An 8-by-9-foot conventional window faces west, toward low-income apartments across the street. On the adjacent wall, a metal storefront door rolls up to create a 14-foot-wide, 8-foot-tall open portal to the outdoors, the view stretching north to well-kept houses and gardens. At Soltan Rahmati’s request, the architects placed a fully functional claw-foot bath out in the open, on the landing of a plywood staircase leading to the rooftop deck. From here she can look out onto the two faces of her neighborhood.
Squeezing all of these spaces onto a 40-by-135-foot lot took considerable ingenuity. Not only was space tight, but rigorous building codes created additional stumbling blocks.
"We were forced to be loose," architect Leisner says. "You couldn’t come on to this project and think you could solve a problem with standard solutions."
Because the couple were adding a rental unit, the building code required five off-street parking spaces. Here, the much maligned "crack alley" came to the architects’ rescue. By placing a sliding metal gate in the wall bordering the courtyard, they could declare the area as space for two cars. Other parking spots were tucked behind the rental unit.
To ensure cars could fit in the courtyard, the lower portions of both structures had to be set back. The architects pushed in the walls to wonderful effect, the upper floors now extending out into the triangular courtyard. The cantilevers create a more intimate atmosphere, one heightened by the placement of an olive tree in the middle — a symbol of peace to the Iranian-born Soltan Rahmati.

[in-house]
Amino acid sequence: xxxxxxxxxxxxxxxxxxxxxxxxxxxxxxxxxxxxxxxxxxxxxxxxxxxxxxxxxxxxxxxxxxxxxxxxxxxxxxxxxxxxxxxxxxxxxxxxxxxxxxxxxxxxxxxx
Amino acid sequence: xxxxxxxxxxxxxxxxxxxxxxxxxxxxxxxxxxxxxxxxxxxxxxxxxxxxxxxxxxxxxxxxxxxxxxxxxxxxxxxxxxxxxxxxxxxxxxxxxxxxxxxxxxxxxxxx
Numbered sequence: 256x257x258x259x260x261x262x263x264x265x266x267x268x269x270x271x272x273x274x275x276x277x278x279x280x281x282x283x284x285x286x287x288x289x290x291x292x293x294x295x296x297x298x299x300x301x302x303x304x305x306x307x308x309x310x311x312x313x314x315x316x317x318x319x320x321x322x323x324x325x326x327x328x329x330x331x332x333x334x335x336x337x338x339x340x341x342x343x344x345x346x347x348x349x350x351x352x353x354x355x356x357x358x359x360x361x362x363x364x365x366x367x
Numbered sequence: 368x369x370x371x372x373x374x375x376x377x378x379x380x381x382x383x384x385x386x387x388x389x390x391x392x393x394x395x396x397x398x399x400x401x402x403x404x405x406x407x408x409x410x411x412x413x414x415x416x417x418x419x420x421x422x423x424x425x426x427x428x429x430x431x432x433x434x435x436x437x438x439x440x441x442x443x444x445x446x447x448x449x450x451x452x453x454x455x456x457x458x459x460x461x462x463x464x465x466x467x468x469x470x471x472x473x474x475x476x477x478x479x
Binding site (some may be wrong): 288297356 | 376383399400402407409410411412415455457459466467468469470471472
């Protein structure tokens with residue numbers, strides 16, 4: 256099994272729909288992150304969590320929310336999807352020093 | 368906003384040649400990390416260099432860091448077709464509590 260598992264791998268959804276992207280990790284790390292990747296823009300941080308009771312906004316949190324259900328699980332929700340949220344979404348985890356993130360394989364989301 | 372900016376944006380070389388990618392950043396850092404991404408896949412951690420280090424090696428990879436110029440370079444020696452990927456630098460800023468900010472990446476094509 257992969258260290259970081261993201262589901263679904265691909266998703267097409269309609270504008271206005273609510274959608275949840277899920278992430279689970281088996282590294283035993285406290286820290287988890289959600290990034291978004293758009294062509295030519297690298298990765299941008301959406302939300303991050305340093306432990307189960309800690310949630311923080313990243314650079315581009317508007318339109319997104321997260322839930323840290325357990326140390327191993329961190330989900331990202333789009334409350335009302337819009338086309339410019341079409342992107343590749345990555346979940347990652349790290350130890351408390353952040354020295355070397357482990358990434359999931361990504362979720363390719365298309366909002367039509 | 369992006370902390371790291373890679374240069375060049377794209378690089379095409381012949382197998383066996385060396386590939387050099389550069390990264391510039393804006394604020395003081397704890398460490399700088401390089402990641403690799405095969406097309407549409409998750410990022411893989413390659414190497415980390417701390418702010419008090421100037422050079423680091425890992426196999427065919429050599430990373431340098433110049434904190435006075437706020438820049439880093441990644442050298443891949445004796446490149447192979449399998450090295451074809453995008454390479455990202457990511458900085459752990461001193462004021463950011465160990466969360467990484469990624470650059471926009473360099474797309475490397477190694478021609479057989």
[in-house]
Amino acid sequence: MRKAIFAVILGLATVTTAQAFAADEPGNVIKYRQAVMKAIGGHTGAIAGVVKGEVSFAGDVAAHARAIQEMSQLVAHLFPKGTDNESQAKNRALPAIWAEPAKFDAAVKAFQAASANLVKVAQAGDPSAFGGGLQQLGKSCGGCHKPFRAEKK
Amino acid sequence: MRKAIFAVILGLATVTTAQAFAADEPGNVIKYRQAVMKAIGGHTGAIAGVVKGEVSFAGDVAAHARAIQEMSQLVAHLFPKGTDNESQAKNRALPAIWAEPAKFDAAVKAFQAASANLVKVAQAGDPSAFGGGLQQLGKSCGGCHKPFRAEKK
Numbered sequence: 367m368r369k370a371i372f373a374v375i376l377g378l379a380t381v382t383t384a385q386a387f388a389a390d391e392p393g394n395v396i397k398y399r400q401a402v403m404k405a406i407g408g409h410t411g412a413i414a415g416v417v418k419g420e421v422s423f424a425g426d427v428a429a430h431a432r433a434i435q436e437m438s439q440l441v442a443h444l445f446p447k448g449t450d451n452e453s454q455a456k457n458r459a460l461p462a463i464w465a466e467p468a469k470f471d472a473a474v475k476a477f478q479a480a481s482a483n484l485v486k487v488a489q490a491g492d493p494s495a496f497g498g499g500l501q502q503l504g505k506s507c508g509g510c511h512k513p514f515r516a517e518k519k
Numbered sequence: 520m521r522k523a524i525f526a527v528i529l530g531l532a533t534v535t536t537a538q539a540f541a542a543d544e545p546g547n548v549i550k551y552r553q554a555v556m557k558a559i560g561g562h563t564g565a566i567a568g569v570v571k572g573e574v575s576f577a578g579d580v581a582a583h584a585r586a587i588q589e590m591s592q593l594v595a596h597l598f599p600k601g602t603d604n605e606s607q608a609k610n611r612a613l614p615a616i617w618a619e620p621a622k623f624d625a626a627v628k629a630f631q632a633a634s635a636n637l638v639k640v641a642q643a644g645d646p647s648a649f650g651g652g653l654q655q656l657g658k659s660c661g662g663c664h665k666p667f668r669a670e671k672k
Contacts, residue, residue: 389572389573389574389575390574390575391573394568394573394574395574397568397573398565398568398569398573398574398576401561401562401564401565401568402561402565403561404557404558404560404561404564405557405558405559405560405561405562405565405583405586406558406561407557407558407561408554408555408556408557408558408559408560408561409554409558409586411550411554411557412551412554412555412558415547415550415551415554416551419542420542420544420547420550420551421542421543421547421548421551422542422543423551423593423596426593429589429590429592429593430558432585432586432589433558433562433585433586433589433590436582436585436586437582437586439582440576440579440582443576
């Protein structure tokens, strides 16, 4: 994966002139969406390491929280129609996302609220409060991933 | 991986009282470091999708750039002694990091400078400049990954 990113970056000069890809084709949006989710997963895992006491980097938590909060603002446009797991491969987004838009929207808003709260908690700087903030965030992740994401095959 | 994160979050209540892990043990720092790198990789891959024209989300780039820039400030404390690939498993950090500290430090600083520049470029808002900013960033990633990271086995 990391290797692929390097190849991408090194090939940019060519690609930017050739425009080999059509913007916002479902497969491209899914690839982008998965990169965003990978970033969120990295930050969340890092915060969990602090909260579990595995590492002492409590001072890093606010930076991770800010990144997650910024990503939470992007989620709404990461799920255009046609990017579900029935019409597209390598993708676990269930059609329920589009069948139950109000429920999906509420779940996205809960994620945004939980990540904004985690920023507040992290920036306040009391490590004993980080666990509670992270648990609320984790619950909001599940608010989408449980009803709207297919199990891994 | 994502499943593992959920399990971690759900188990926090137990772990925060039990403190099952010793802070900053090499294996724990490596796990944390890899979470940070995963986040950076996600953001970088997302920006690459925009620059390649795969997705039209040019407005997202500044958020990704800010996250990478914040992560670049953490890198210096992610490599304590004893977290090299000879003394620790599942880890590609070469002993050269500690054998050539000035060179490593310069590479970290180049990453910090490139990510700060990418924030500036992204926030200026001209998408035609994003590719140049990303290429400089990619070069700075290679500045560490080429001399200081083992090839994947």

She adds that the plan for the house is remarkably pragmatic for a husband and wife who both work at home. With Cheyene’s office in the front of the house on the first floor, and her studio at the back of the lot on the second floor, the work spaces lie separate from each other and apart from the shared living areas.
The well-ordered plan doesn’t mean a certain level of chaos doesn’t reign within this home. For this couple, reconciling their personal aesthetic with their architects’ design philosphy meant departing from the sort of tastefully arranged modernist vignettes one might see in a Design Within Reach catalog or Robertson Boulevard storefront. Rather, they spread their vast accumulation of belongings throughout the house in a carefree fashion, a celebration of artful disorder.
The architects remain undeterred. "We knew that it would not look like one of those cool, Modernist spaces on the inside," Leisner says. "They have so many things." Adds Jeevanjee: "The building has such a strong geometry and such definite forms that it can handle whatever’s done to it on the inside."
In this beachside community, where highly designed exteriors are increasingly evident, freedom and anarchy clearly still have their place.
"I’ve never liked those architects who are control freaks," says Soltan Rahmati, echoing the bohemian spirit of Venice residents before her. "I want to be myself in my own house."